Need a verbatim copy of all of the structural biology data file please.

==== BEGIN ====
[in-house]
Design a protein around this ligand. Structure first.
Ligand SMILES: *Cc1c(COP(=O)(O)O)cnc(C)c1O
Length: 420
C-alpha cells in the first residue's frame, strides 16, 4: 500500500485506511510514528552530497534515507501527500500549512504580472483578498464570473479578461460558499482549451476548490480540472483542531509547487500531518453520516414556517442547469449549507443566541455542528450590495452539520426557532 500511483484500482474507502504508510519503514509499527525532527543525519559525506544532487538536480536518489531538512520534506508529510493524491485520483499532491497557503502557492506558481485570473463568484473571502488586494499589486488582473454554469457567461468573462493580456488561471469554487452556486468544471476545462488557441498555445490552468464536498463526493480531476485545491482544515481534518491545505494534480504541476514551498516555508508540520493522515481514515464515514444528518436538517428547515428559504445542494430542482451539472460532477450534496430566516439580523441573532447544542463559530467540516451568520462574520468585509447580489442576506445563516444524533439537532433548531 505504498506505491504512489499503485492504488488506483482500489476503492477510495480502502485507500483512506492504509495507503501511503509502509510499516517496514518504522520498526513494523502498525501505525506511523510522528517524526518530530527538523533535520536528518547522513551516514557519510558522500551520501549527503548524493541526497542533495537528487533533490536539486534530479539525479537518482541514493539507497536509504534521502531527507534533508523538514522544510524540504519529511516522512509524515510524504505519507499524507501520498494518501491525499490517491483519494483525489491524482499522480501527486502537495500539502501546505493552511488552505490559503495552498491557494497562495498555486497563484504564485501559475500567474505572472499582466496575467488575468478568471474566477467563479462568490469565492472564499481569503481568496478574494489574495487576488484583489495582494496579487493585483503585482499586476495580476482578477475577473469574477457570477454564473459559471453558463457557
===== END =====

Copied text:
[in-house]
Design a protein around this ligand. Structure first.
Ligand SMILES: *Cc1c(COP(=O)(O)O)cnc(C)c1O
Length: 420
C-alpha cells in the first residue's frame, strides 16, 4: 500500500485506511510514528552530497534515507501527500500549512504580472483578498464570473479578461460558499482549451476548490480540472483542531509547487500531518453520516414556517442547469449549507443566541455542528450590495452539520426557532 500511483484500482474507502504508510519503514509499527525532527543525519559525506544532487538536480536518489531538512520534506508529510493524491485520483499532491497557503502557492506558481485570473463568484473571502488586494499589486488582473454554469457567461468573462493580456488561471469554487452556486468544471476545462488557441498555445490552468464536498463526493480531476485545491482544515481534518491545505494534480504541476514551498516555508508540520493522515481514515464515514444528518436538517428547515428559504445542494430542482451539472460532477450534496430566516439580523441573532447544542463559530467540516451568520462574520468585509447580489442576506445563516444524533439537532433548531 505504498506505491504512489499503485492504488488506483482500489476503492477510495480502502485507500483512506492504509495507503501511503509502509510499516517496514518504522520498526513494523502498525501505525506511523510522528517524526518530530527538523533535520536528518547522513551516514557519510558522500551520501549527503548524493541526497542533495537528487533533490536539486534530479539525479537518482541514493539507497536509504534521502531527507534533508523538514522544510524540504519529511516522512509524515510524504505519507499524507501520498494518501491525499490517491483519494483525489491524482499522480501527486502537495500539502501546505493552511488552505490559503495552498491557494497562495498555486497563484504564485501559475500567474505572472499582466496575467488575468478568471474566477467563479462568490469565492472564499481569503481568496478574494489574495487576488484583489495582494496579487493585483503585482499586476495580476482578477475577473469574477457570477454564473459559471453558463457557